The reaction in the West was euphoric. Celebrations broke out in the United States. The media were hardly more reticent and celebrated anything from the end of the 'War on Terror' to Obama's now allegedly guaranteed re-election. Osama bin Laden, that incarnation of evil, was finally gone.
I feel personally deeply uncomfortable with the cheering on of the targeted killing of a human being - any human being. At the risk of preaching: breaking forth in joy should never be our reaction to death. That we live in a world in which it may sometimes be necessary to kill other human beings is a terrible fact, one that ought to occasion a fundamental critique of the way we live on this earth. Joy at death is never justified, merely a symptom of our sickness. To gloat over the bodies of our dead enemies, of someone who has been hunted for years, is the opposite of humanity. Osama bin Laden, like Saddam Hussein before him, has been hounded to his grave and beyond, and that should lead to some deep soul-searching in a society that professes to be civilised.
That much is, I hope, uncontroversial; controversy follows. Osama bin Laden was not a demon, not evil incarnate. Fighting him was not some sort of historic challenge the West had to pass. He was a human being with hopes, dreams, fears and aspirations. His millennial outlook stemmed from an understanding of the history of the Middle East - specifically, the history of Western imperialism in the region. As he said in 2004, in the video address in which he first admitted to planning the 9/11 attacks:
Security is an important foundation of human life and free people do not squander their security, contrary to Bush's claims that we hate freedom. Let him tell us why we did not attack Sweden for example...
God knows it did not cross our minds to attack the towers but after the situation became unbearable and we witnessed the injustice and tyranny of the American-Israeli alliance against our people in Palestine and Lebanon, I thought about it. And the events that affected me directly were that of 1982 and the events that followed - when America allowed the Israelis to invade Lebanon, helped by the US sixth fleet.
In those difficult moments many emotions came over me which are hard to describe, but which produced an overwhelming feeling to reject injustice and a strong determination to punish the unjust.
As I watched the destroyed towers in Lebanon, it occurred to me punish the unjust the same way [and] to destroy towers in America so it could taste some of what we are tasting and to stop killing our children and women.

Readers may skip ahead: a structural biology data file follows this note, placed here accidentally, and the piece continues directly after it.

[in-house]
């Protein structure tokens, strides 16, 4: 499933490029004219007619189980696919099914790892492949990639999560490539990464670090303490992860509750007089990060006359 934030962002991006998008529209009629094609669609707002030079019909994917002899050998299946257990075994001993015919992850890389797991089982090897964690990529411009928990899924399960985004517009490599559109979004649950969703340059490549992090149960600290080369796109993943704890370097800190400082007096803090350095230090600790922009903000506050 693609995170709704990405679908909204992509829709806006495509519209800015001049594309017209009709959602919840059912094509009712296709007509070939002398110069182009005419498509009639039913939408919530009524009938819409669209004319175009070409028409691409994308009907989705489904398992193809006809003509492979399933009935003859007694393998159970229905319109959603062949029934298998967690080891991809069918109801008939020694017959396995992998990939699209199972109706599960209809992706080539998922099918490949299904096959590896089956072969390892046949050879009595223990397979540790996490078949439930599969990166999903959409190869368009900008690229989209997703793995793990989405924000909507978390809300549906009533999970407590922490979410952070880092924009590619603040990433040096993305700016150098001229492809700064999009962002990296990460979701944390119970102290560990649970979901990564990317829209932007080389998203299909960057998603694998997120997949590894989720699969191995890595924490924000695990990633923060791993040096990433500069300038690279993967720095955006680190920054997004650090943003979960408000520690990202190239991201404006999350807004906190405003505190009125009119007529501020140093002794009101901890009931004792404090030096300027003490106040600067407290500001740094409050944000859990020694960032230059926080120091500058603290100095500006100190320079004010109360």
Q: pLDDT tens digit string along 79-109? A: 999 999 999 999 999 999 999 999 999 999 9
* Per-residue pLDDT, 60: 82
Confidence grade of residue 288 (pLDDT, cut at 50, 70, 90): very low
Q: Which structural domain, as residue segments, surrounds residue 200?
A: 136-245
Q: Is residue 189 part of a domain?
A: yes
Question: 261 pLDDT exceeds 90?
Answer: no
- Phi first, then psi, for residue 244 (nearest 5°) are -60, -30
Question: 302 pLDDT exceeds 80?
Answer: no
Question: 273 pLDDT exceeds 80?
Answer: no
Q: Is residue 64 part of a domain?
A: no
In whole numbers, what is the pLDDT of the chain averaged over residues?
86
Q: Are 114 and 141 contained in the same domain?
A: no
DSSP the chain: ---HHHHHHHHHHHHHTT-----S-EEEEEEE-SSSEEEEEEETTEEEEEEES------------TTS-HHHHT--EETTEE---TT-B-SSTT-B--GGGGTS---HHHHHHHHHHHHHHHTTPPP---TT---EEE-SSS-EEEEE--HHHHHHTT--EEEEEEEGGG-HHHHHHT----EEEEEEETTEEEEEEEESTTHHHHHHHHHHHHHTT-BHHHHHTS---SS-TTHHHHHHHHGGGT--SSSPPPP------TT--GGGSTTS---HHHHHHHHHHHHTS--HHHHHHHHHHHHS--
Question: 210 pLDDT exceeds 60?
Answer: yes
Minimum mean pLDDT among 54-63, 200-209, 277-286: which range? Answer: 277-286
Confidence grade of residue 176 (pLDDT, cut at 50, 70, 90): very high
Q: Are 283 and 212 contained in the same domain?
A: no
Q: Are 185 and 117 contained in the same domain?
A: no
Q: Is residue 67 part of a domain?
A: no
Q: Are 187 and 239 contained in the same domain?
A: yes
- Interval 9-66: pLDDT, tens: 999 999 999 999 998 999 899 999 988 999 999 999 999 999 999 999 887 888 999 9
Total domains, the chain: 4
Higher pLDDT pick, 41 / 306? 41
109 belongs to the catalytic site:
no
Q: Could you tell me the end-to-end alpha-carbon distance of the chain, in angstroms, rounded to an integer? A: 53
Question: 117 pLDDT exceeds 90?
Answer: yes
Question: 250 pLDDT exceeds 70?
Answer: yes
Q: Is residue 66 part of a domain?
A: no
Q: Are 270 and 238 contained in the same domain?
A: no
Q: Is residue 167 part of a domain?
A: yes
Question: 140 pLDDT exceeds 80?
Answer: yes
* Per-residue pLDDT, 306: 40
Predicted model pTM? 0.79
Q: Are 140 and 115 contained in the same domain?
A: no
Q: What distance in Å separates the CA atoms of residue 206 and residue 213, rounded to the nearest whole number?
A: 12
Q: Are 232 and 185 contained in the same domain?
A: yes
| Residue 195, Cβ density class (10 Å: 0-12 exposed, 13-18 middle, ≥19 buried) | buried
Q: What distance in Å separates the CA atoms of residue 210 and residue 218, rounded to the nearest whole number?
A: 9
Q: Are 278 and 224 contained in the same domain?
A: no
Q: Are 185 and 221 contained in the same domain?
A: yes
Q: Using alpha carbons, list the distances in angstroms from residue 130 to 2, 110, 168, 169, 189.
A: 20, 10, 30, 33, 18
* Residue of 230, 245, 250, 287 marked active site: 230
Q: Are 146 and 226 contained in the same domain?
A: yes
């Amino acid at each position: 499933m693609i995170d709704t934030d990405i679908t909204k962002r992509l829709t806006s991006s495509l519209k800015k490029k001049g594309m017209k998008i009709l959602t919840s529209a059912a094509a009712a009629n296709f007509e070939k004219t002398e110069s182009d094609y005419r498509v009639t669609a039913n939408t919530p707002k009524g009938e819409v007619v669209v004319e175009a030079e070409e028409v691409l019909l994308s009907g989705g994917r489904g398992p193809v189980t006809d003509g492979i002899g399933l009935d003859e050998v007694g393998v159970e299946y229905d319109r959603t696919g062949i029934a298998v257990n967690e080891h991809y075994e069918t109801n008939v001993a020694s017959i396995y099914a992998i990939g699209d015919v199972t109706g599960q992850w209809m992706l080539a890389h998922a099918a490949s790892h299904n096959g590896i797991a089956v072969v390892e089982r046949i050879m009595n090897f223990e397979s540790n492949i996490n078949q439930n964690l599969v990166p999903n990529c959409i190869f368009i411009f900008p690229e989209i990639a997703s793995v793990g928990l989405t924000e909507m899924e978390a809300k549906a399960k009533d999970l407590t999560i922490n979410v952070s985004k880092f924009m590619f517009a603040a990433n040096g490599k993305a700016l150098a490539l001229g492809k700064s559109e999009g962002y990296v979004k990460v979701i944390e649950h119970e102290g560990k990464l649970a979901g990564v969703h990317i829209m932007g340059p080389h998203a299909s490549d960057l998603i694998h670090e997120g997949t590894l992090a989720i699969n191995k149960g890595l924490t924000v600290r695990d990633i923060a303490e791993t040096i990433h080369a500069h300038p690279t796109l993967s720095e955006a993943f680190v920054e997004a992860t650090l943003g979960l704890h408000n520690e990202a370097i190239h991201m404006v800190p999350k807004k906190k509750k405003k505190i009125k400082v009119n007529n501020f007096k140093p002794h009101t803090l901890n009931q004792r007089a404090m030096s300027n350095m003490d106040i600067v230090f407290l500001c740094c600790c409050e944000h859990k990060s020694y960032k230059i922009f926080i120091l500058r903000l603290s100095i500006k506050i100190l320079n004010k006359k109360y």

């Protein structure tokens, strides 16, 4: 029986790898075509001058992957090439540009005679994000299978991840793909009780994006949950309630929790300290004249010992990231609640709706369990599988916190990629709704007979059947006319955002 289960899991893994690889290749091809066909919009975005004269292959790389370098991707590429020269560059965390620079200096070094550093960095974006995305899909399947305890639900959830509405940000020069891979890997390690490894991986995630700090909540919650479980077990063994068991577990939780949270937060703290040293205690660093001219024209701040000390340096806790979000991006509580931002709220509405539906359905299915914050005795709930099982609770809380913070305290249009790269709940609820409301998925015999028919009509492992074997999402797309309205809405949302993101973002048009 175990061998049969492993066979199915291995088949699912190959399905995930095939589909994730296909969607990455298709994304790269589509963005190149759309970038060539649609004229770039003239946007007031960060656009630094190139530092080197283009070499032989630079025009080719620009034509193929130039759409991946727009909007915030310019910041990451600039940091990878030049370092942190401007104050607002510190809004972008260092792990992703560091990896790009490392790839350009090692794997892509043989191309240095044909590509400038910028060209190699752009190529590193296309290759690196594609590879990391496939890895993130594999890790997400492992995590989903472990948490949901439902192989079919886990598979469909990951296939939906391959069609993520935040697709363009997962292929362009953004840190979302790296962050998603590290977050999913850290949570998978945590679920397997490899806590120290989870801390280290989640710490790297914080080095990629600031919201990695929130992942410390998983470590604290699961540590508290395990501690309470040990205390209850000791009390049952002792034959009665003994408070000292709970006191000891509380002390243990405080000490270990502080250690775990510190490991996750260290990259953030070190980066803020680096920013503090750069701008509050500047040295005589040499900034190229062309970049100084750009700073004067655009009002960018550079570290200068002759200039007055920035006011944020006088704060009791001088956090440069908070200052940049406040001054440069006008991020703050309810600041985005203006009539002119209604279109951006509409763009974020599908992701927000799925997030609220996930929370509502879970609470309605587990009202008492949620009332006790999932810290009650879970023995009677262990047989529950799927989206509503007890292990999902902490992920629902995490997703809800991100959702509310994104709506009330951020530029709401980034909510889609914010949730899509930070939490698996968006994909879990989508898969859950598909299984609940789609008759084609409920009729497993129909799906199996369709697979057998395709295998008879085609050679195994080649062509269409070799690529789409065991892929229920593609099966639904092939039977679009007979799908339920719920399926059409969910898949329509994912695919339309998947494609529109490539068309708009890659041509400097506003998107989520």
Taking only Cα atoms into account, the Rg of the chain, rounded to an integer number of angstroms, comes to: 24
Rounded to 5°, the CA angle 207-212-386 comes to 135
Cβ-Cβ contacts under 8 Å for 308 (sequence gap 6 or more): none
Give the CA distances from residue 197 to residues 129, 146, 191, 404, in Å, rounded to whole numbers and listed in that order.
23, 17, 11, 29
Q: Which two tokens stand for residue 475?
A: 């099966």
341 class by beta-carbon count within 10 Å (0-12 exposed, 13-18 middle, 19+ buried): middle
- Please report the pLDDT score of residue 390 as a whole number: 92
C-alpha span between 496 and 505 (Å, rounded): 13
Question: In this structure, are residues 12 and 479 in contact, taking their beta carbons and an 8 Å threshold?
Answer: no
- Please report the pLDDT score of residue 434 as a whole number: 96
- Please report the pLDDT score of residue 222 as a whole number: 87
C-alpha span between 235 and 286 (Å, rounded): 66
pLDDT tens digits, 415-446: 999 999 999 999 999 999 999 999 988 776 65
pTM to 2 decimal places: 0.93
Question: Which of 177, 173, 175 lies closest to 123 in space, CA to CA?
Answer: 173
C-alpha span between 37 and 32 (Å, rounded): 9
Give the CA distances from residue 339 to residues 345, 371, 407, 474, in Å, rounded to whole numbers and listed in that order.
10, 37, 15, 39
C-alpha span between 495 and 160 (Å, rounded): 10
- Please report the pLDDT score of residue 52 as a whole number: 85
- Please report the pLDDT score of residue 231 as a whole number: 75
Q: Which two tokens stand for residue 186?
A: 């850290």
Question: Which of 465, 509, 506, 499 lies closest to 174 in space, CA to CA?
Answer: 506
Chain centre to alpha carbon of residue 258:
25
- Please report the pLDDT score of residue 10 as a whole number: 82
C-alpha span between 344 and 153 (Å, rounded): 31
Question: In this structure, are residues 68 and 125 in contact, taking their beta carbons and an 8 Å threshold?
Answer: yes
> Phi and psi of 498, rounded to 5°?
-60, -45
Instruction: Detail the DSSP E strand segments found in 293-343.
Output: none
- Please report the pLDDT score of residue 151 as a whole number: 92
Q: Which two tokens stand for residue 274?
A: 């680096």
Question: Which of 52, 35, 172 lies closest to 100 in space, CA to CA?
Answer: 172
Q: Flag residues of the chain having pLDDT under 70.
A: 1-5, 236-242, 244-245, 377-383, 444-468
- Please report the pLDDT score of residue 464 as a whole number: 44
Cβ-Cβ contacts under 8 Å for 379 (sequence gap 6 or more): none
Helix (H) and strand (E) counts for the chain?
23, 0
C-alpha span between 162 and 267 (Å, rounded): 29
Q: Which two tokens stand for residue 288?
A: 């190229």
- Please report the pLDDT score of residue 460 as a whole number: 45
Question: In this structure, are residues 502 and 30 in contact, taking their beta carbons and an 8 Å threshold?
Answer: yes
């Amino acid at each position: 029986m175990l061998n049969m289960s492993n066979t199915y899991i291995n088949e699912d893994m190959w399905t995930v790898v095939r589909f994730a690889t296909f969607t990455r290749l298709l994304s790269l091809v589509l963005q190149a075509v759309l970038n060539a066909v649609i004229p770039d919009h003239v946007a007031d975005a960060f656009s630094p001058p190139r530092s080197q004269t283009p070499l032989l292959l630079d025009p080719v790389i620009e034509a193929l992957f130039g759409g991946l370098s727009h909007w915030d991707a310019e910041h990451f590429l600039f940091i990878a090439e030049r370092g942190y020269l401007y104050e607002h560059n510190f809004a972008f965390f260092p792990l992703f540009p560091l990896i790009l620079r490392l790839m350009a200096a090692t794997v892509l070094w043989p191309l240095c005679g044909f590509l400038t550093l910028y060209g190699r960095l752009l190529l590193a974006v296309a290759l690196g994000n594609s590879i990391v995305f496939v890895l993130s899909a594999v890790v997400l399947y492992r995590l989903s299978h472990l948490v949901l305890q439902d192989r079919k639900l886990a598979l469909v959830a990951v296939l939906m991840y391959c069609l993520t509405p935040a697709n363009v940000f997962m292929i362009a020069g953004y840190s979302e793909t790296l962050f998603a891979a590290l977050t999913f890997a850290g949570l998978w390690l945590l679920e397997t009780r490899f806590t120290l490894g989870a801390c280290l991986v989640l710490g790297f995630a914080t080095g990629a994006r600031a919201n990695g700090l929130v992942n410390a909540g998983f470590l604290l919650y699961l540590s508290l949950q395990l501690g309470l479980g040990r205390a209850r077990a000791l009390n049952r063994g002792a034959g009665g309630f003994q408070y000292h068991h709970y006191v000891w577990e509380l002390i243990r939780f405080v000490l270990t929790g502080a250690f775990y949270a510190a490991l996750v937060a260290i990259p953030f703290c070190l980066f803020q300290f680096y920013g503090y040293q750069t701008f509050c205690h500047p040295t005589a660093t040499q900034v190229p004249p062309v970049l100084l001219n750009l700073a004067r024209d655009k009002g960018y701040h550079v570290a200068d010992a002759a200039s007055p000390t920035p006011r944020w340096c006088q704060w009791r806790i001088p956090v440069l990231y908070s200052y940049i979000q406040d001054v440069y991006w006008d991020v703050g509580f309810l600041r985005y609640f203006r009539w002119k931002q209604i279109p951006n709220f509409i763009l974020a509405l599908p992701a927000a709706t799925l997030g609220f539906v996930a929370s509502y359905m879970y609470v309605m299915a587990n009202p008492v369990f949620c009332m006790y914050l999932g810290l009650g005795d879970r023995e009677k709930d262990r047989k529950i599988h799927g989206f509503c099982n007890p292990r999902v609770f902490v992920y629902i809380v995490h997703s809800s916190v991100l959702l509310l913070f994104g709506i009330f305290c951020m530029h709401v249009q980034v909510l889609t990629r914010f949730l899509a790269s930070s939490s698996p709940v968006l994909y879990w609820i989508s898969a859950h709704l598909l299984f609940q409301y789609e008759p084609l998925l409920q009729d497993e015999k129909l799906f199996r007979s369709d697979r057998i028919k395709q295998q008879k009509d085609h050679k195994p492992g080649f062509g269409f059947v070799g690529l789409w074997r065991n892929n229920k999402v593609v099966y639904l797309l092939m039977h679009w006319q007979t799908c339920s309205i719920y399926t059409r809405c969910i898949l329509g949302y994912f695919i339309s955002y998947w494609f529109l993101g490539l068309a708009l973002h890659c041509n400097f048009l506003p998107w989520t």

Of course this is propaganda. But at its bottom is undoubtedly a real situation: namely, the Western partition of the Middle East that followed the First World War ('Our Islamic nation has been tasting the same for more than 80 years of humiliation and disgrace, its sons killed and their blood spilled, its sanctities desecrated', Osama said in 2001), and the sordid history of imperialism (first predominantly British, then chiefly American) that continues to this day. Osama's analysis is flawed: he assumes imperialism constitutes a 'crusading' assault on Islam, when it is really a question of economic interests and strategic paramountcy. From this incorrect analysis stems the viciousness and futility of al-Qaida's struggle. That real Western domination and subjugation of Muslims lay at the bottom of the Jihadist attacks was of course never acknowledged by the United States and its allies, who preferred to ascribe their enemies' determination to blind fanaticism. All this, of course, while massively adding to the grievances with the hundreds of thousands killed and millions displaced from Iraq, Afghanistan and other countries.
So here's my second reason for rejecting the joy at Osama bin Laden's death: it is another act of silencing the voices crying out in protest against the violent and continued suppression of the people of the Middle East. Osama bin Laden was never worthy of our respect. He was a ruthless mass murderer, but he became so in reaction to real injustices. We should feel uneasy about joining in the celebrations when the world's greatest power - the power that turned Iraq into a graveyard and even now aids in the suppression of pro-democracy uprisings in the region - kills one of its enemies. Osama was never a threat to 'the world'. Throughout the 'War on Terror' Osama bin Laden and al-Qaida were always the weaker party, hunted with the most modern weaponry. al-Qaida's weakening was always the likely outcome.
There is, however, hope in all this. As al-Qaida is becoming less relevant, the Middle East is being overtaken by democratic uprisings. Terrorism was the political and military expression of Middle Easterners' impotence and oppressed state; Tahrir Square is the expression of their coming to freedom - real popular freedom, not 'governance' at gunpoint, almost everywhere in defiance of the United States' wishes. It is good that Jihadism is taking a back seat; it is better that democracy has a chance of taking its place.